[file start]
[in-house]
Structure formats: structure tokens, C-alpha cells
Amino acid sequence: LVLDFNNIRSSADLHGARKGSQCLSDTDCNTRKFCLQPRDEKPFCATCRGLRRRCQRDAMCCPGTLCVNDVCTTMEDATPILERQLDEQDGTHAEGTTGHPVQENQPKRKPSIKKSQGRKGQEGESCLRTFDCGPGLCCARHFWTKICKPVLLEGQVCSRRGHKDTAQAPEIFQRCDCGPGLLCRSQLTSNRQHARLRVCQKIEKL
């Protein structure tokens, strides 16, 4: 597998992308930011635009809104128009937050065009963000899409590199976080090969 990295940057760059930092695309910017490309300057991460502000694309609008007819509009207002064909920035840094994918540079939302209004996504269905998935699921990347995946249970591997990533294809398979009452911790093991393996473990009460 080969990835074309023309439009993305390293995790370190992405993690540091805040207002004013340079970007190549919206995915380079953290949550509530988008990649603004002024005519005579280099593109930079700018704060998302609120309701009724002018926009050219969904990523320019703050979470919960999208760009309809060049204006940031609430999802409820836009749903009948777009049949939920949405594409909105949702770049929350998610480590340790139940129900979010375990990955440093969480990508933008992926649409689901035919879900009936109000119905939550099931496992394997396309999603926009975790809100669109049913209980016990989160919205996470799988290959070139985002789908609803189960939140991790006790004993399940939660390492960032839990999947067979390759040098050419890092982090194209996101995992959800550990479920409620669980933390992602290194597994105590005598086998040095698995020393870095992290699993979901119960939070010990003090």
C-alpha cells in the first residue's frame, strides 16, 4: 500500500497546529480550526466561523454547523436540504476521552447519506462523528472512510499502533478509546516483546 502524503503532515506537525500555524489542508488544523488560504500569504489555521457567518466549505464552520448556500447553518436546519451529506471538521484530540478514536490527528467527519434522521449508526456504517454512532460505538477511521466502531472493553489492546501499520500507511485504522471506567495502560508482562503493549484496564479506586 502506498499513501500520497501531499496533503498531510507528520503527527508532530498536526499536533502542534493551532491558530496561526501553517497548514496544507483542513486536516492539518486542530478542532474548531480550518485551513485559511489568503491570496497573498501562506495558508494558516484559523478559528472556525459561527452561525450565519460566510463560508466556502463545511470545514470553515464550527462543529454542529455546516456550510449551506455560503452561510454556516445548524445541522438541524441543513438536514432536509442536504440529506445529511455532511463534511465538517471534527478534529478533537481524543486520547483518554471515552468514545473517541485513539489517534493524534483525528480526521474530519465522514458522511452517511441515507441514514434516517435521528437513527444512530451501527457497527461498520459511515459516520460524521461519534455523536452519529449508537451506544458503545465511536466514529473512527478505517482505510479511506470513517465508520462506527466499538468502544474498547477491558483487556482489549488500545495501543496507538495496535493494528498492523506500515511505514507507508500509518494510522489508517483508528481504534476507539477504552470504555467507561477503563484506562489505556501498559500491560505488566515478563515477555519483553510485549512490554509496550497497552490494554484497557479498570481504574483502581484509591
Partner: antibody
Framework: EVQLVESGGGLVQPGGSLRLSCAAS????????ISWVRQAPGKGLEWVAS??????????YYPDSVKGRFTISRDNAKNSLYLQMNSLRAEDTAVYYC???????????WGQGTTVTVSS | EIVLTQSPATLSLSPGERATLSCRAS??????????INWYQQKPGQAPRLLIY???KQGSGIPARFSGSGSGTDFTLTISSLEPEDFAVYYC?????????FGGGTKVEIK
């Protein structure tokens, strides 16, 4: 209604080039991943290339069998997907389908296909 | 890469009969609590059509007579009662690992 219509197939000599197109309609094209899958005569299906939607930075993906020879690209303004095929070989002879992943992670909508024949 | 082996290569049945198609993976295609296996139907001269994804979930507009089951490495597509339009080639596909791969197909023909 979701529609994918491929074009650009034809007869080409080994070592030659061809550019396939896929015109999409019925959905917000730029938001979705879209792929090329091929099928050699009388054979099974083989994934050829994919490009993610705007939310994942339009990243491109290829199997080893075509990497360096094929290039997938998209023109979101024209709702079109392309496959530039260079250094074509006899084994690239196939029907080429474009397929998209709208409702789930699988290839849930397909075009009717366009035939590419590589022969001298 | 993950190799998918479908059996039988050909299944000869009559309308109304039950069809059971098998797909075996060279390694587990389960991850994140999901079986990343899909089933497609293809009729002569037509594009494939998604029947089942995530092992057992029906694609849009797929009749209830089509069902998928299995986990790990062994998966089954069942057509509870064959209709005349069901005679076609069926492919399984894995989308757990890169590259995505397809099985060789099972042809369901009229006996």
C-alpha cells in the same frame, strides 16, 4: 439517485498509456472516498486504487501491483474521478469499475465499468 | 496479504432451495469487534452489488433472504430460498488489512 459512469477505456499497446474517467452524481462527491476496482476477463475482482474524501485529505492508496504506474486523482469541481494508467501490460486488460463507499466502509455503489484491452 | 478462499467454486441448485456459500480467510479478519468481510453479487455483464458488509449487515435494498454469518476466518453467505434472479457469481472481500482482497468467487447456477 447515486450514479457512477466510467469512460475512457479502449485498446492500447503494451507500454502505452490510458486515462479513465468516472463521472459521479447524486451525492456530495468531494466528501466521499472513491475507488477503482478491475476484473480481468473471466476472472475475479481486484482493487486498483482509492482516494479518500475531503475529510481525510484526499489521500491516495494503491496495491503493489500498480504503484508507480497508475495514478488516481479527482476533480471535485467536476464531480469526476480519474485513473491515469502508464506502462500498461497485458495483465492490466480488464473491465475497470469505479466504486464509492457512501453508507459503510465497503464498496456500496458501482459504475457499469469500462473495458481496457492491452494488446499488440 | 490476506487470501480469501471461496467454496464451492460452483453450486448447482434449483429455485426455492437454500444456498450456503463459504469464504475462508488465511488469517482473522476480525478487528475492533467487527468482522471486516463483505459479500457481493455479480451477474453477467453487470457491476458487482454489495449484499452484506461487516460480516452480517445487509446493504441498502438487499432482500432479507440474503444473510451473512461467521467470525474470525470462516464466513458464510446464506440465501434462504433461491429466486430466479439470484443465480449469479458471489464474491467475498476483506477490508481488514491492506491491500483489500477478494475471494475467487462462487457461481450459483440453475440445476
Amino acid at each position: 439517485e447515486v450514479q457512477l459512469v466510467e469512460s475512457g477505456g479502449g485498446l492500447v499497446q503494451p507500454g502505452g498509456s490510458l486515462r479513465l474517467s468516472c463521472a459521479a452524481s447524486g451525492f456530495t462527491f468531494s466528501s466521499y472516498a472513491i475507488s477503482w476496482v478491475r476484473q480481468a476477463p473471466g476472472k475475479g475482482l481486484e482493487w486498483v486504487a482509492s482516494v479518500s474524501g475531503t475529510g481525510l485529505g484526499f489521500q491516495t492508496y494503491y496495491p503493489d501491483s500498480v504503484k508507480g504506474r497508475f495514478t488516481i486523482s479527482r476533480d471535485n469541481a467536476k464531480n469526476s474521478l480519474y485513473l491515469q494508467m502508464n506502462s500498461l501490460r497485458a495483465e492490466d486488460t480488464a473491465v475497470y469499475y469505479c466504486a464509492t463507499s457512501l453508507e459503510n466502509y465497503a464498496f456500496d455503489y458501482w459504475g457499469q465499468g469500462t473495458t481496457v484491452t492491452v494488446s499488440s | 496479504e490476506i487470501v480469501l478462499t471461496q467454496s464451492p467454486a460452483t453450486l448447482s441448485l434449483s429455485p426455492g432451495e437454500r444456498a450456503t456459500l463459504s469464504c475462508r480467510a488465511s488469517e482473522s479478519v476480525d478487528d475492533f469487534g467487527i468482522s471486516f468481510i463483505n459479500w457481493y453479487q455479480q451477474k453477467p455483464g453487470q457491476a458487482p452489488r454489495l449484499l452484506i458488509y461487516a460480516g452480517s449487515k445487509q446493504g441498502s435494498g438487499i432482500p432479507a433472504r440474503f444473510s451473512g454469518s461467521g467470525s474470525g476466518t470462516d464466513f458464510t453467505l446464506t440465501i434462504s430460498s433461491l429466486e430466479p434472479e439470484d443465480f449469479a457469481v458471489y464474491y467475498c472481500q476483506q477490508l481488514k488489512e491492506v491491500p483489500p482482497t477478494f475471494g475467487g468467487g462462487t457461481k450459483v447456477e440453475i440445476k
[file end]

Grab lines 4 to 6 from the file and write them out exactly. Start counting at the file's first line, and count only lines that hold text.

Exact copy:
């Protein structure tokens, strides 16, 4: 597998992308930011635009809104128009937050065009963000899409590199976080090969 990295940057760059930092695309910017490309300057991460502000694309609008007819509009207002064909920035840094994918540079939302209004996504269905998935699921990347995946249970591997990533294809398979009452911790093991393996473990009460 080969990835074309023309439009993305390293995790370190992405993690540091805040207002004013340079970007190549919206995915380079953290949550509530988008990649603004002024005519005579280099593109930079700018704060998302609120309701009724002018926009050219969904990523320019703050979470919960999208760009309809060049204006940031609430999802409820836009749903009948777009049949939920949405594409909105949702770049929350998610480590340790139940129900979010375990990955440093969480990508933008992926649409689901035919879900009936109000119905939550099931496992394997396309999603926009975790809100669109049913209980016990989160919205996470799988290959070139985002789908609803189960939140991790006790004993399940939660390492960032839990999947067979390759040098050419890092982090194209996101995992959800550990479920409620669980933390992602290194597994105590005598086998040095698995020393870095992290699993979901119960939070010990003090």
C-alpha cells in the first residue's frame, strides 16, 4: 500500500497546529480550526466561523454547523436540504476521552447519506462523528472512510499502533478509546516483546 502524503503532515506537525500555524489542508488544523488560504500569504489555521457567518466549505464552520448556500447553518436546519451529506471538521484530540478514536490527528467527519434522521449508526456504517454512532460505538477511521466502531472493553489492546501499520500507511485504522471506567495502560508482562503493549484496564479506586 502506498499513501500520497501531499496533503498531510507528520503527527508532530498536526499536533502542534493551532491558530496561526501553517497548514496544507483542513486536516492539518486542530478542532474548531480550518485551513485559511489568503491570496497573498501562506495558508494558516484559523478559528472556525459561527452561525450565519460566510463560508466556502463545511470545514470553515464550527462543529454542529455546516456550510449551506455560503452561510454556516445548524445541522438541524441543513438536514432536509442536504440529506445529511455532511463534511465538517471534527478534529478533537481524543486520547483518554471515552468514545473517541485513539489517534493524534483525528480526521474530519465522514458522511452517511441515507441514514434516517435521528437513527444512530451501527457497527461498520459511515459516520460524521461519534455523536452519529449508537451506544458503545465511536466514529473512527478505517482505510479511506470513517465508520462506527466499538468502544474498547477491558483487556482489549488500545495501543496507538495496535493494528498492523506500515511505514507507508500509518494510522489508517483508528481504534476507539477504552470504555467507561477503563484506562489505556501498559500491560505488566515478563515477555519483553510485549512490554509496550497497552490494554484497557479498570481504574483502581484509591
Partner: antibody